Original Article

Administration and Policy in Mental Health and Mental Health Services Research

, Volume 41, Issue 5, pp 647-659

Pitfalls in the Assessment, Analysis, and Interpretation of Routine Outcome Monitoring (ROM) Data: Results from an Outpatient Clinic for Integrative Mental Health

  • Rogier H. J. HoendersAffiliated withCenter for Integrative Psychiatry, Lentis
  • , Elisabeth H. BosAffiliated withInterdisciplinary Center Psychopathology and Emotion regulation, University Medical Center Groningen, University of Groningen Email author 
  • , Agna A. Bartels-VelthuisAffiliated withCenter for Integrative Psychiatry, LentisUniversity Center for Psychiatry, University Medical Center Groningen, University of Groningen
  • , Nina K. VollbehrAffiliated withCenter for Integrative Psychiatry, Lentis
  • , Karen van der PloegAffiliated withCenter for Integrative Psychiatry, Lentis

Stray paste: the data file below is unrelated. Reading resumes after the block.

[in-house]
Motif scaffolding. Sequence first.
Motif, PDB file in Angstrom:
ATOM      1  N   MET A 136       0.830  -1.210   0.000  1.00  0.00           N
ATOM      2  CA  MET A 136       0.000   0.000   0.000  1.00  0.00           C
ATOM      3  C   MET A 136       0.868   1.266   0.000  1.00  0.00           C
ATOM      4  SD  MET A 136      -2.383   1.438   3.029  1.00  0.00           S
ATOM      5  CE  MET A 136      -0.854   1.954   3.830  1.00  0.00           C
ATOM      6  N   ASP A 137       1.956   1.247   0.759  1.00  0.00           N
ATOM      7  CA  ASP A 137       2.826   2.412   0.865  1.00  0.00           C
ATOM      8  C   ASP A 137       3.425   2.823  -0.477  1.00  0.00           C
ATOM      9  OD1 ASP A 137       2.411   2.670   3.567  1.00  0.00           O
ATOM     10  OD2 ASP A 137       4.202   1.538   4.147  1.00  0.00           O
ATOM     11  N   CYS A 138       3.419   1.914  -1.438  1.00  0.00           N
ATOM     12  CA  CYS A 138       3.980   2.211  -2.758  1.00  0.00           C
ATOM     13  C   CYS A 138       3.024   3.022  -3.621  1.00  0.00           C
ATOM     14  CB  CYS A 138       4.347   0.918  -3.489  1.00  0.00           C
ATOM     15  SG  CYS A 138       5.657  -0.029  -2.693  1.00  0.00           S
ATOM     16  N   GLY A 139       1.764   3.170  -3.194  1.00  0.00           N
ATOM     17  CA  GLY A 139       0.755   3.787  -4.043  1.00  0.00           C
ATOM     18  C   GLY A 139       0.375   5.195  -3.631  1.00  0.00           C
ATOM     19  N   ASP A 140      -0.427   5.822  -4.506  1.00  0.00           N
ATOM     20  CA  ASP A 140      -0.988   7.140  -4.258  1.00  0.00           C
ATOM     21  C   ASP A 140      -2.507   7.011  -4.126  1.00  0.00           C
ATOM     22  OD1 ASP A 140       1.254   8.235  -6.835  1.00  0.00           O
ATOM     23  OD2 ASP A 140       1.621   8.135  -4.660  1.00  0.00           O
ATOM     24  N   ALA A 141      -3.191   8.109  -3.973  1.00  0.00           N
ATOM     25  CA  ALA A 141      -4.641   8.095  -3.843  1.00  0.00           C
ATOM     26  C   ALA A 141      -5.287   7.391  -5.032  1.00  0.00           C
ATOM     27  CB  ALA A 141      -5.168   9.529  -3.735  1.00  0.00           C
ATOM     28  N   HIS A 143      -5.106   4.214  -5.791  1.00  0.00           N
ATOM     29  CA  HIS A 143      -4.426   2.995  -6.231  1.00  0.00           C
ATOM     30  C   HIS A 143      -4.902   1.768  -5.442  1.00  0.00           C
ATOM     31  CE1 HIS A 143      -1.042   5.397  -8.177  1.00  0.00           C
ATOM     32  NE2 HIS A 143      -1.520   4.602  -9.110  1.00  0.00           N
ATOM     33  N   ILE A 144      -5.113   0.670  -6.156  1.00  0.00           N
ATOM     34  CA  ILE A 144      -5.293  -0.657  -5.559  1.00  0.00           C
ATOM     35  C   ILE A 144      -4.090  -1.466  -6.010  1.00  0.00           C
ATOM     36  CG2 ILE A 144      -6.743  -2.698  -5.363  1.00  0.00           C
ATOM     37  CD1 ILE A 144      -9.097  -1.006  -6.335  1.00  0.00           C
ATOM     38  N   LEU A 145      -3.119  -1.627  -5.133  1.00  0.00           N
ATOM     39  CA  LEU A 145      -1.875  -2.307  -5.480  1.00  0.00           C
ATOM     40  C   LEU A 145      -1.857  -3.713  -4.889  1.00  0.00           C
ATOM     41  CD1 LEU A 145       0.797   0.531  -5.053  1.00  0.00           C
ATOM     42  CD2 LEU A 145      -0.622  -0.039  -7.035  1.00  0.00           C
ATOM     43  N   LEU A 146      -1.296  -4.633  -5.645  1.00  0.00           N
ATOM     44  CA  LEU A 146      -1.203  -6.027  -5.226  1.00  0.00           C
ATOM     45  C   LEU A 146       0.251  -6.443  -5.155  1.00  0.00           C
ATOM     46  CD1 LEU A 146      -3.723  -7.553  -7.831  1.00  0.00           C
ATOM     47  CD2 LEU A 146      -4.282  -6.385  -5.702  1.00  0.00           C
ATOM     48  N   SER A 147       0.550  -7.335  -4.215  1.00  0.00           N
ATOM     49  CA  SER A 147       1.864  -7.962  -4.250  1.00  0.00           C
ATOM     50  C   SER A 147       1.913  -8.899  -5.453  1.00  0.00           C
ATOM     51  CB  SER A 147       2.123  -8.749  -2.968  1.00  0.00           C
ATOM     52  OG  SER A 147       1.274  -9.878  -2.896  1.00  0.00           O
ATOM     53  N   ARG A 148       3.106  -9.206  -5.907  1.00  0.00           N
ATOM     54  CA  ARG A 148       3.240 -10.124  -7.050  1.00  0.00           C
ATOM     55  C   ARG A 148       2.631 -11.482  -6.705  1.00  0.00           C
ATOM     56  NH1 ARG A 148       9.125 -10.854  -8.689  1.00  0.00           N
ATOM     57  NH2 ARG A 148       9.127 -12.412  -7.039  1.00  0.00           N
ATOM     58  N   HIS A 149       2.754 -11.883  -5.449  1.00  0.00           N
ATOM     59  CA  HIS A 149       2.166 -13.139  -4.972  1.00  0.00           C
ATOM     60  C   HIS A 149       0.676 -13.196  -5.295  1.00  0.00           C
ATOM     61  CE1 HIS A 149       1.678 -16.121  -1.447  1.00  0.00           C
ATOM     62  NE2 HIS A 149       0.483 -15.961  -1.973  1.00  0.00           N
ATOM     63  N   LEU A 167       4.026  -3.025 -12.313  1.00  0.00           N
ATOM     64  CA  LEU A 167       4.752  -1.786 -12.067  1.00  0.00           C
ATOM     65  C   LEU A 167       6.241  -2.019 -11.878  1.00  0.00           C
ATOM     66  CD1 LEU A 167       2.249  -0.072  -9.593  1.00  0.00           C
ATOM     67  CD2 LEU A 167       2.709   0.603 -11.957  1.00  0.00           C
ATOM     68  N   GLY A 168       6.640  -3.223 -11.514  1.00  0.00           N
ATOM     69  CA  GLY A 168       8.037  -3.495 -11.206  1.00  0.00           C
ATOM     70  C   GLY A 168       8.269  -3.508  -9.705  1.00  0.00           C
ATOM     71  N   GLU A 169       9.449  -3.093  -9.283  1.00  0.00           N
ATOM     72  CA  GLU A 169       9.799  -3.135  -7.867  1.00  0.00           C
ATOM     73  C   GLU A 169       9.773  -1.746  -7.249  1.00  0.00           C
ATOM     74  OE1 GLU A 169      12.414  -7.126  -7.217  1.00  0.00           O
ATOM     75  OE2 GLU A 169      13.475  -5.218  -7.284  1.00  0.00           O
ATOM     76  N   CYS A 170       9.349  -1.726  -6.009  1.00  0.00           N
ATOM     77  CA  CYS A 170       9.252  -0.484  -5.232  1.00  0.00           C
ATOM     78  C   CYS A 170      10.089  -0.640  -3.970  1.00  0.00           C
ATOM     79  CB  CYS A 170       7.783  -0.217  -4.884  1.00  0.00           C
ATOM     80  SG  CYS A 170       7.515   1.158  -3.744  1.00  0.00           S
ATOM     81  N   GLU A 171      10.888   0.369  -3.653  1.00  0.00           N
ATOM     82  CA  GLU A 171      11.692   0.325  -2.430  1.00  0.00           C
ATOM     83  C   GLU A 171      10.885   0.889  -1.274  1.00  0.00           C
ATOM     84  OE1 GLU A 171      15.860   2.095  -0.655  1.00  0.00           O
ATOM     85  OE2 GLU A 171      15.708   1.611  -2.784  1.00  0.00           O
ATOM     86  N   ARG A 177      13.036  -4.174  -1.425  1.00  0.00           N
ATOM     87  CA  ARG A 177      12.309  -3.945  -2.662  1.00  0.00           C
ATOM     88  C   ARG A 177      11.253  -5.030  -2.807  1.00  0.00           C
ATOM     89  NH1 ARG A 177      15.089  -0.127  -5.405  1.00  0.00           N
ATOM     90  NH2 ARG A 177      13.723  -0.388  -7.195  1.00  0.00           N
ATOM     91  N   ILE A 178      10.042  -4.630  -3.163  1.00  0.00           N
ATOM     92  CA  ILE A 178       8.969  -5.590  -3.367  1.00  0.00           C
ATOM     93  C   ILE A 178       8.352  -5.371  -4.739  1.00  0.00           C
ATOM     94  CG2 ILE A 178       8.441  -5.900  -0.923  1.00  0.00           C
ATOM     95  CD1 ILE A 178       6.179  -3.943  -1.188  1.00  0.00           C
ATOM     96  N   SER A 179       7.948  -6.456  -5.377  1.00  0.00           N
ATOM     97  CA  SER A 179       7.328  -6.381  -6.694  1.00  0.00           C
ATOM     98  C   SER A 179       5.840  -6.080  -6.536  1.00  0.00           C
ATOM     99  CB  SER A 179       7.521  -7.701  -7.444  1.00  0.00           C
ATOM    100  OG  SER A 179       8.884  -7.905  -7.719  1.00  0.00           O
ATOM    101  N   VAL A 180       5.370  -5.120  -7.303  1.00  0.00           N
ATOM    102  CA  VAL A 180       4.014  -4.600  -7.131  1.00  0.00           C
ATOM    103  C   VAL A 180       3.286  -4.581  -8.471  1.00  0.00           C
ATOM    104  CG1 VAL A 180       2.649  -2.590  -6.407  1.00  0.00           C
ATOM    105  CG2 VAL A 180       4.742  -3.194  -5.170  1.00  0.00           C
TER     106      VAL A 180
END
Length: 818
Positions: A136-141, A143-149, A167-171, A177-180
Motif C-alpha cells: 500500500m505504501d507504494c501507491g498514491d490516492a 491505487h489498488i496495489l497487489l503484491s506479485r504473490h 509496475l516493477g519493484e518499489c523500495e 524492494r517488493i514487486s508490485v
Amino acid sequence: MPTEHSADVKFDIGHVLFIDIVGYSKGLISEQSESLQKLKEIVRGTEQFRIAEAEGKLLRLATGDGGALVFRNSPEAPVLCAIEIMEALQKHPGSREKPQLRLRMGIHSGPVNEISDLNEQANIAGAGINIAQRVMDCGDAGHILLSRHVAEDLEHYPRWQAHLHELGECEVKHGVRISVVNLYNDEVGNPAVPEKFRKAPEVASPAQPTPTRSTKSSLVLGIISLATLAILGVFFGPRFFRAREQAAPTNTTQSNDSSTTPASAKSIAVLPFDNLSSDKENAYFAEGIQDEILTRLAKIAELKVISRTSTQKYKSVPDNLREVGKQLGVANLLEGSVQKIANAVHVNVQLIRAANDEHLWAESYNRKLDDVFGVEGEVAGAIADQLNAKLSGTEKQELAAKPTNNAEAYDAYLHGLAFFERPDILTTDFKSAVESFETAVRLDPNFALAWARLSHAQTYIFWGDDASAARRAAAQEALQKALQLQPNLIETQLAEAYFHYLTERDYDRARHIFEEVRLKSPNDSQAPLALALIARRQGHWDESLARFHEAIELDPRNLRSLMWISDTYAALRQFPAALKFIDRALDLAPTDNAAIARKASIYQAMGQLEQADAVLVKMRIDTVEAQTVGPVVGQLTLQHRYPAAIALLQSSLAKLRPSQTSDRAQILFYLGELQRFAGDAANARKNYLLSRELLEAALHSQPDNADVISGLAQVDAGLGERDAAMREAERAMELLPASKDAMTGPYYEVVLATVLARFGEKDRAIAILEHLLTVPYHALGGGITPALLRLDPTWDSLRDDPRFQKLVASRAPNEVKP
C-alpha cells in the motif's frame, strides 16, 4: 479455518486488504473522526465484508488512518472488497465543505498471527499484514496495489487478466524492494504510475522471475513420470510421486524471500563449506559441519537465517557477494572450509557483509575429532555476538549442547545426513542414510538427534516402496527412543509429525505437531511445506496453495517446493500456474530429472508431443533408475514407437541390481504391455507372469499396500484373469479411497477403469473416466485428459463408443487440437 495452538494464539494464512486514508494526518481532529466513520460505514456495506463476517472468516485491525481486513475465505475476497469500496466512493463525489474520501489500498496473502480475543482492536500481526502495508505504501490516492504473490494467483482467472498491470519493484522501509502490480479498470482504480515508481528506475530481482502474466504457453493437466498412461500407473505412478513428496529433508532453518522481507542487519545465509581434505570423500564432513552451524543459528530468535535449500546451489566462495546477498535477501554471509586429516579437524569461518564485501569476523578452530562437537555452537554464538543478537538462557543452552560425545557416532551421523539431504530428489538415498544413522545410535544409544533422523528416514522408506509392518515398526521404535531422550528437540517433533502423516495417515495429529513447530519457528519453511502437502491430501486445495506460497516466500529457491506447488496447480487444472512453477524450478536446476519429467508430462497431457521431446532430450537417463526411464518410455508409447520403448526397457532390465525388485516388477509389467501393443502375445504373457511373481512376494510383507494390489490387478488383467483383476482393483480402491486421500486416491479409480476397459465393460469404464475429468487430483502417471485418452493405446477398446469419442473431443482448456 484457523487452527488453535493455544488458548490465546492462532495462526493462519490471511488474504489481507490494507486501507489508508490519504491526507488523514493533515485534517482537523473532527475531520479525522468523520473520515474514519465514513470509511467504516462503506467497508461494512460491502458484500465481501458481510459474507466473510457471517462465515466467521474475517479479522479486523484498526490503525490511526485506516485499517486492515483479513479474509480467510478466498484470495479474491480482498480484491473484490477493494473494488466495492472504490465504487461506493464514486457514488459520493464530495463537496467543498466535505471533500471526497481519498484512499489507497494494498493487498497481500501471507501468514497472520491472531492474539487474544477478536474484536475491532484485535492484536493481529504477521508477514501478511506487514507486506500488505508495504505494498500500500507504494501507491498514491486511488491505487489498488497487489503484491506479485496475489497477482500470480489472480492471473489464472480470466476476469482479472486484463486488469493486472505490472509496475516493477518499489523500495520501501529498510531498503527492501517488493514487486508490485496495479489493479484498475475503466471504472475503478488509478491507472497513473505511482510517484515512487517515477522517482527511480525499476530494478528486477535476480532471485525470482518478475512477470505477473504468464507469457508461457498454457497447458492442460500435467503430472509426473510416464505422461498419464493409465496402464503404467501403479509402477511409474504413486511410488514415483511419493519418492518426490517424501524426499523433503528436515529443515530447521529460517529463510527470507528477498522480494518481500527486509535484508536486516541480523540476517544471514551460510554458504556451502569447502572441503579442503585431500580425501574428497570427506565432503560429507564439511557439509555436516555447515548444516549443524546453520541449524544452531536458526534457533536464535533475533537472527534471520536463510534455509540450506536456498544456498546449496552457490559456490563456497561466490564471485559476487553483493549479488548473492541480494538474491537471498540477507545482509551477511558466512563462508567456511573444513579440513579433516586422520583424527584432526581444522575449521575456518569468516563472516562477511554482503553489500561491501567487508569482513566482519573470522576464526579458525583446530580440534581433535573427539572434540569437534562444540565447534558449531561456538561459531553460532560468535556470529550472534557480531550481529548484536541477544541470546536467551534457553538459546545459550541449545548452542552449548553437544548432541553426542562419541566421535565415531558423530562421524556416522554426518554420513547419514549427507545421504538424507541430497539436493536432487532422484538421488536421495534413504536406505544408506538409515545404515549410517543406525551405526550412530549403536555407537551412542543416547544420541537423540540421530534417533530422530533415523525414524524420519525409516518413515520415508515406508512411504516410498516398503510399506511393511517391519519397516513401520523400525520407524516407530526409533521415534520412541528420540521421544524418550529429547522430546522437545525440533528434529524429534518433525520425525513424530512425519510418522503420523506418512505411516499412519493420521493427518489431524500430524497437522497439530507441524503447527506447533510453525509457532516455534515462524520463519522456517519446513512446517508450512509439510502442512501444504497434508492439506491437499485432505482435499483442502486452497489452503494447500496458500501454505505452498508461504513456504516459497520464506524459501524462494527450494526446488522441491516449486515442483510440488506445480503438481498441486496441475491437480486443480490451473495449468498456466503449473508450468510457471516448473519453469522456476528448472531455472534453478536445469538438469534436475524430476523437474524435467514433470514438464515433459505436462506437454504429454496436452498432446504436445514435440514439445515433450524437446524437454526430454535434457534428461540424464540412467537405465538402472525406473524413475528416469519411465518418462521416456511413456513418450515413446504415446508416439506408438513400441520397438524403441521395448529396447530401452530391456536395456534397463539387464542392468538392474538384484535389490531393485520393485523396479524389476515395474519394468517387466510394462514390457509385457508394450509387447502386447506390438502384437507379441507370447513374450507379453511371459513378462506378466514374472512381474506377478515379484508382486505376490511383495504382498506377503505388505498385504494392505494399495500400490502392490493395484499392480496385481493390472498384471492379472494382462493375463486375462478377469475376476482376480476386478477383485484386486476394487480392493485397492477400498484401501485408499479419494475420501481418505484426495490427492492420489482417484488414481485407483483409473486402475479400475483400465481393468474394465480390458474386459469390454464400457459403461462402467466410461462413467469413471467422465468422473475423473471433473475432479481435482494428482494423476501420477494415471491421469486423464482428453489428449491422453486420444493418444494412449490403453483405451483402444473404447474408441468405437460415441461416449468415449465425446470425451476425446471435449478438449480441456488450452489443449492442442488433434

• , Peter de JongeAffiliated withInterdisciplinary Center Psychopathology and Emotion regulation, University Medical Center Groningen, University of Groningen
  • , Joop T. V. M. de JongAffiliated withAmsterdam Institute for Social Science Research (AISSR), University of AmsterdamBoston School of MedicineRhodes University

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Abstract

There is considerable debate about routine outcome monitoring (ROM) for scientific or benchmarking purposes. We discuss pitfalls associated with the assessment, analysis, and interpretation of ROM data, using data of 376 patients. 206 patients (55 %) completed one or more follow-up measurements. Mixed-model analysis showed significant improvement in symptomatology, quality of life, and autonomy, and differential improvement for different subgroups. Effect sizes were small to large, depending on the outcome measure and subgroup. Subtle variations in analytic strategies influenced effect sizes substantially. We illustrate how problems inherent to design and analysis of ROM data prevent drawing conclusions about (comparative) treatment effectiveness.

Keywords

Routine outcome monitoring Treatment outcome Integrative psychiatry Bias Confounding